In Joanna Murray-Smith’s brilliant slow-burning two-hander, renowned US crime writer and recluse, Patricia Highsmith, meets her publishing company’s earnest rep, Edward Ridgeway, in a fictional encounter that demands of her a final Ripley novel to put her back on the bestseller list. Ridgeway won’t leave until the contract is signed and the two grapple with power, perception, deception and wit, and drink beers before breakfast (Highsmith hated food) before a sly twist turns the situation on its head.

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Steve Toulmin’s creeping cinematic score and Ben Hughes’ moody lighting contribute to the feeling of isolation in Highsmith’s haven near Locarno, Switzerland, where she lived for the last thirty years of her life. The play takes place during the last three days of her life. Despite warm accents in the weapons on display, the soft furnishings and timber pieces (Highsmith had enormous hands and feet, and proudly carved some of her furniture herself), Anthony Spinaze’s design, incorporating cold whites and steely blues, complete with raked ceiling and false proscenium, creates an uncomfortable, open space for Highsmith’s unwelcome visitor, and for us too. Tension seeps into the room with the shadows that stretch across the floor, moonlight leaking in, sneaking in, from beyond authentic French doors. We’re flies on the wall, keeping a safe distance from the intricate web being woven, knowing there is something awful to come, knowing the end will be dire.

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When the French doors are thrown open to reveal the contrasting darkness outside, the mood and pace of the piece is dramatically altered. A moment suspended in time sees Highsmith here, moonstruck, moving to music (although we can’t be sure if she’s hearing what we’re hearing or something else entirely), oblivious to everything but her innermost thoughts, having dowsed the rest of her soul and her insecurities with Johnny Walker Red.

Andrea Moor has stepped into Highsmith’s loafers and into this difficult woman’s head, embodying the imagined real-life character and all her complexities. She’s witty and impatient and caustic, rising like a snake in the face of her antagonist, ready to strike, but often taking her time to do so while she sizes up the opposition, considering perhaps, with which weapon she’ll finish him off. Highsmith meets her intellectual match in Ridgeway and Moor meets her on-stage equal in Matthew Backer. In every aspect of his communication Backer encapsulates the initial timidity and gradually gained prowess of a ruthlessly ambitious admirer. He needs few words to make his position known.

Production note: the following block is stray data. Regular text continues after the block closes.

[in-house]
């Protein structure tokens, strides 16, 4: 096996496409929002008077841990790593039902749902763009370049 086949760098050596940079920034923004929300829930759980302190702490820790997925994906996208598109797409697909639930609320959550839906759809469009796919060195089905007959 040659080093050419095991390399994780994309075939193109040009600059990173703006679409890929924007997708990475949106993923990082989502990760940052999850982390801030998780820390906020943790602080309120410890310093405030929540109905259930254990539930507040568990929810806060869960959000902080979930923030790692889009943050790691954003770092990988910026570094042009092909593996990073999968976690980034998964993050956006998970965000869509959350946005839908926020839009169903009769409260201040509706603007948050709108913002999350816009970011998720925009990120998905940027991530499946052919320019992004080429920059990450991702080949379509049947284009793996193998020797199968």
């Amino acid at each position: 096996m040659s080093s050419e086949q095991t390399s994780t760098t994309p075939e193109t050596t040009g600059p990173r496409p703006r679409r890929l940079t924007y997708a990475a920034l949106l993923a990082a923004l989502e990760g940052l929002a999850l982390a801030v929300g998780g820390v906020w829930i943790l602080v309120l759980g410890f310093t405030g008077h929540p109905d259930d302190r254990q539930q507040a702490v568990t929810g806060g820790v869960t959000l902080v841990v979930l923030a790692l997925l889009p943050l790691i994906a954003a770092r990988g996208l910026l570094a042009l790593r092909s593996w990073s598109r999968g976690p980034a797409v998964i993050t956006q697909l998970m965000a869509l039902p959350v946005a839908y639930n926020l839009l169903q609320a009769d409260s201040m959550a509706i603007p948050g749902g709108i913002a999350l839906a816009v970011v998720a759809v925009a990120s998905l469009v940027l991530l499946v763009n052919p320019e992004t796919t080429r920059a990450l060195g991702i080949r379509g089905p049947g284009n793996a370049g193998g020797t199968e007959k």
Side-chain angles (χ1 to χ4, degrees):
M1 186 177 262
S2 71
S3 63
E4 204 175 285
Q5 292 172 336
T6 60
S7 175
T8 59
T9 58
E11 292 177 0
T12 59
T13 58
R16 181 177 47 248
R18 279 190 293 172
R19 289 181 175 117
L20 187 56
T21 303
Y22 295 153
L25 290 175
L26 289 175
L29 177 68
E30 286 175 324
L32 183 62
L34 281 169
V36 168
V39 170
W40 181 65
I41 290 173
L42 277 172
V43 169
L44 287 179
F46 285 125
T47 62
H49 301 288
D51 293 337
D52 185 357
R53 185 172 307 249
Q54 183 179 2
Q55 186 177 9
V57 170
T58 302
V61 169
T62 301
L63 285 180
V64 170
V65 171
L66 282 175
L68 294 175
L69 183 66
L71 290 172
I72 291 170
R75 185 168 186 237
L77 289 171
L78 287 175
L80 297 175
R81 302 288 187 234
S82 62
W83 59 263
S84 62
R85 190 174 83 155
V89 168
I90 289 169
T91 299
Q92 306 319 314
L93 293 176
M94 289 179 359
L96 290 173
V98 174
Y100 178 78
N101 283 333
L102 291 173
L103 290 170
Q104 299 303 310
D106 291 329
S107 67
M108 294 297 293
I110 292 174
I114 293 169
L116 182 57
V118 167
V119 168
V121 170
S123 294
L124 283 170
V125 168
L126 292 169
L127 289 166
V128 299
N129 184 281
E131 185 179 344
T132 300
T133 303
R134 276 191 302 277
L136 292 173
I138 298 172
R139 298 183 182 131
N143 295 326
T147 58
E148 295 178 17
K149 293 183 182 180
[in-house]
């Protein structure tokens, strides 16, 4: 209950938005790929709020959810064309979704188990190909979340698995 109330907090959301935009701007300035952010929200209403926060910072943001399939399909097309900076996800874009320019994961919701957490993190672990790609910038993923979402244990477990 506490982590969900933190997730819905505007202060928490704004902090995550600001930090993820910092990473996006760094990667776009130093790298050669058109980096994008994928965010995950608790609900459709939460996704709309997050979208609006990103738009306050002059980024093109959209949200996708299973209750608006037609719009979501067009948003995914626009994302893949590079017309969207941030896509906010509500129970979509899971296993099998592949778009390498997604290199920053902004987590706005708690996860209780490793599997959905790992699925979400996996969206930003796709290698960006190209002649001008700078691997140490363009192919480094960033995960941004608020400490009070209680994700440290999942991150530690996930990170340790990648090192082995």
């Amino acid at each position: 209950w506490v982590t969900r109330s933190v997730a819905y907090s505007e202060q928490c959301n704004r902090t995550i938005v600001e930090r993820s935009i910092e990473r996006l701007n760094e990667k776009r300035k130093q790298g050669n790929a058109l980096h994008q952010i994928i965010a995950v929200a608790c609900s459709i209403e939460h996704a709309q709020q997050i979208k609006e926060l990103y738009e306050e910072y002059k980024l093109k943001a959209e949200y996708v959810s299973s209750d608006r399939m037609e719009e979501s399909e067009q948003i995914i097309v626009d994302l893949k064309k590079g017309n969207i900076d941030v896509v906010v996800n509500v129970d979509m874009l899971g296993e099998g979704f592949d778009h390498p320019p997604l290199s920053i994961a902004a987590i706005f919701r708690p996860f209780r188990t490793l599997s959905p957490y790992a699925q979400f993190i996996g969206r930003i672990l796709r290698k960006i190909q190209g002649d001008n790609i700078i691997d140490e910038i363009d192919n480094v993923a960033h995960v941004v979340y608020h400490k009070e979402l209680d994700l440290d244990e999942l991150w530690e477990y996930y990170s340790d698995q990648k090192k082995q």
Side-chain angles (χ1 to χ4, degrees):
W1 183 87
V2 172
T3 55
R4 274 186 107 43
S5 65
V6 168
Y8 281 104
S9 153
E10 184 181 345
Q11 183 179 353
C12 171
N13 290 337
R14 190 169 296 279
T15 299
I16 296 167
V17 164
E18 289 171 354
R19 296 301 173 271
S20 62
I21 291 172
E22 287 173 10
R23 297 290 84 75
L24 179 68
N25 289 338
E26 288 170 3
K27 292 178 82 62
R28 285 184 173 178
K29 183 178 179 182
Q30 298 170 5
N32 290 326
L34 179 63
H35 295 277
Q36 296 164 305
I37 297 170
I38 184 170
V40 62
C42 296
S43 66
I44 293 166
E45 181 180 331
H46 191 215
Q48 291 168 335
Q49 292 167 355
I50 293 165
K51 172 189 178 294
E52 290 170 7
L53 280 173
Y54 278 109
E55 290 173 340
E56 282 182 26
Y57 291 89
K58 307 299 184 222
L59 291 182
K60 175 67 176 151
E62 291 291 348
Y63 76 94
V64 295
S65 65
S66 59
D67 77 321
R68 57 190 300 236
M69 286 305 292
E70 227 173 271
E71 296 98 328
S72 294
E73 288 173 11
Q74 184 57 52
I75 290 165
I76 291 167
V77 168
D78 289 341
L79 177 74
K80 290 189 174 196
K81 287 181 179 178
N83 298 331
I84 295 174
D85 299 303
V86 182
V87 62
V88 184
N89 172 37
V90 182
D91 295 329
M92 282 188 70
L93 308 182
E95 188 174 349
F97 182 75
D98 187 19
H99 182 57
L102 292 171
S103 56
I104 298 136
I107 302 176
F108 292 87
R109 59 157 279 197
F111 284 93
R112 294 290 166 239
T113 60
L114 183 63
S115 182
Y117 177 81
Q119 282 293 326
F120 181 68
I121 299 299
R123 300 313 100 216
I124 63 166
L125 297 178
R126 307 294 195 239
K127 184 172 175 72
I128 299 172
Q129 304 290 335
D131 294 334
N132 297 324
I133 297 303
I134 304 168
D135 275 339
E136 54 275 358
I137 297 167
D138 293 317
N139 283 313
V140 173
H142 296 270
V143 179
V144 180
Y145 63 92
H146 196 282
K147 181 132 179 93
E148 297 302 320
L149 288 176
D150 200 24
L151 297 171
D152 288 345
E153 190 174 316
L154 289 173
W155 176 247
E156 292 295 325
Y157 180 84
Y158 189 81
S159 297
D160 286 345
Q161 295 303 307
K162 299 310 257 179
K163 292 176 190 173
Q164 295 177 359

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It’s thrilling to see two accomplished actors simply acting. Having said that, the greatest compliment we can pay the actors is to not have seen their acting; to know that the work has been done and not see them doing it, only the effects of it, and that is the case here. Murray-Smith’s complex characters are perfectly realised by Moor and Backer, under the watchful eye of Director, Paige Rattray. Deftly fashioned suspense, created by Rattray’s superb manipulation of the text, timing, design features and plot twists, builds a little like the dark, lilting, recurring Norma Desmond theme of Lloyd Webber’s Sunset Boulevard. Toulmin’s score balances this mysterious and sombre mood with interludes of Hitchcock style high stakes, and to further elevate the mood in that weirdly comically nightmarish horror movie way, we hear the innocent, joyful, slightly absurd strains of South Pacific’s Happy Talk.

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The end is not altogether unpredictable but it comes as a shock nevertheless. We’re drawn toward unimaginable horror; the writer’s reality, the inevitable, the loss of control. The actual end.

Switzerland is compelling and richly rewarding. It’s darkly funny, provocative and ultimately terrifying. It’s highly accomplished humble theatre; the strongest we’ve seen from within QTC’s walls this year.

Production pics by Rob Maccoll

Want to learn more about Patricia Highsmith?

Read THE TALENTED MISS HIGHSMITH: The Secret Life and Serious Art of Patricia Highsmith by Joan Schenkar.

06
Mar
16

Pennsylvania Avenue

 

Pennsylvania Avenue

QPAC & Duet Productions

QPAC Cremorne

March 3 – 19 2016

Reviewed by Xanthe Coward